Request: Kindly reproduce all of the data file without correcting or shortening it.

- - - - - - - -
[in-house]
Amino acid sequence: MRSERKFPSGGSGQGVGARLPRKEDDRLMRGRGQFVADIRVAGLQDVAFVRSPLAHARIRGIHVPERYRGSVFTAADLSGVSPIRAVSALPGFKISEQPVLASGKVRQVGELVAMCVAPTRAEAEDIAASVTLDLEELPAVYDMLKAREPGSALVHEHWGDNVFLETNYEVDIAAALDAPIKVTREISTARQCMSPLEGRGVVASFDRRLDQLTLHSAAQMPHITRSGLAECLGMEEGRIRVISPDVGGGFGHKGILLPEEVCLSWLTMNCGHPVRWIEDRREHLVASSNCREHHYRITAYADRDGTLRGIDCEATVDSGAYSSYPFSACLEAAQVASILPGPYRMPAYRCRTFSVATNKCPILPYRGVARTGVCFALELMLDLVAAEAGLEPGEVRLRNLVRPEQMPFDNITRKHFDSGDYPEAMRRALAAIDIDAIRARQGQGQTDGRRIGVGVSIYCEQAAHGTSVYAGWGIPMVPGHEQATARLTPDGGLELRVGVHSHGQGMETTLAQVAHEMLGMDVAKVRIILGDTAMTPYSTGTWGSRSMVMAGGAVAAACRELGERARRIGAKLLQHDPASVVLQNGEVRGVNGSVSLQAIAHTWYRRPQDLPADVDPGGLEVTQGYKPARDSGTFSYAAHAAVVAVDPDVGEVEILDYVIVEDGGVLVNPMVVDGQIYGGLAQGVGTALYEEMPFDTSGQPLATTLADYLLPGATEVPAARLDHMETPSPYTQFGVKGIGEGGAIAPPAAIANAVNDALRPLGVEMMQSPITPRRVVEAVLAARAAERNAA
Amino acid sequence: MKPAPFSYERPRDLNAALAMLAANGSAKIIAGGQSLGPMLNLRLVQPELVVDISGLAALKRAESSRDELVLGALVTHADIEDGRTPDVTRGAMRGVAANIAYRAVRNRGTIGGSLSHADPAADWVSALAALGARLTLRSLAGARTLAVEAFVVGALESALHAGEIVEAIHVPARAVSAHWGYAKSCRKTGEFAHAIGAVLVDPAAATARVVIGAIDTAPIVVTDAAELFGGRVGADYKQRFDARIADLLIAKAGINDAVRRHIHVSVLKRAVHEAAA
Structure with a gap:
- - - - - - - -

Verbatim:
[in-house]
Amino acid sequence: MRSERKFPSGGSGQGVGARLPRKEDDRLMRGRGQFVADIRVAGLQDVAFVRSPLAHARIRGIHVPERYRGSVFTAADLSGVSPIRAVSALPGFKISEQPVLASGKVRQVGELVAMCVAPTRAEAEDIAASVTLDLEELPAVYDMLKAREPGSALVHEHWGDNVFLETNYEVDIAAALDAPIKVTREISTARQCMSPLEGRGVVASFDRRLDQLTLHSAAQMPHITRSGLAECLGMEEGRIRVISPDVGGGFGHKGILLPEEVCLSWLTMNCGHPVRWIEDRREHLVASSNCREHHYRITAYADRDGTLRGIDCEATVDSGAYSSYPFSACLEAAQVASILPGPYRMPAYRCRTFSVATNKCPILPYRGVARTGVCFALELMLDLVAAEAGLEPGEVRLRNLVRPEQMPFDNITRKHFDSGDYPEAMRRALAAIDIDAIRARQGQGQTDGRRIGVGVSIYCEQAAHGTSVYAGWGIPMVPGHEQATARLTPDGGLELRVGVHSHGQGMETTLAQVAHEMLGMDVAKVRIILGDTAMTPYSTGTWGSRSMVMAGGAVAAACRELGERARRIGAKLLQHDPASVVLQNGEVRGVNGSVSLQAIAHTWYRRPQDLPADVDPGGLEVTQGYKPARDSGTFSYAAHAAVVAVDPDVGEVEILDYVIVEDGGVLVNPMVVDGQIYGGLAQGVGTALYEEMPFDTSGQPLATTLADYLLPGATEVPAARLDHMETPSPYTQFGVKGIGEGGAIAPPAAIANAVNDALRPLGVEMMQSPITPRRVVEAVLAARAAERNAA
Amino acid sequence: MKPAPFSYERPRDLNAALAMLAANGSAKIIAGGQSLGPMLNLRLVQPELVVDISGLAALKRAESSRDELVLGALVTHADIEDGRTPDVTRGAMRGVAANIAYRAVRNRGTIGGSLSHADPAADWVSALAALGARLTLRSLAGARTLAVEAFVVGALESALHAGEIVEAIHVPARAVSAHWGYAKSCRKTGEFAHAIGAVLVDPAAATARVVIGAIDTAPIVVTDAAELFGGRVGADYKQRFDARIADLLIAKAGINDAVRRHIHVSVLKRAVHEAAA
Structure with a gap: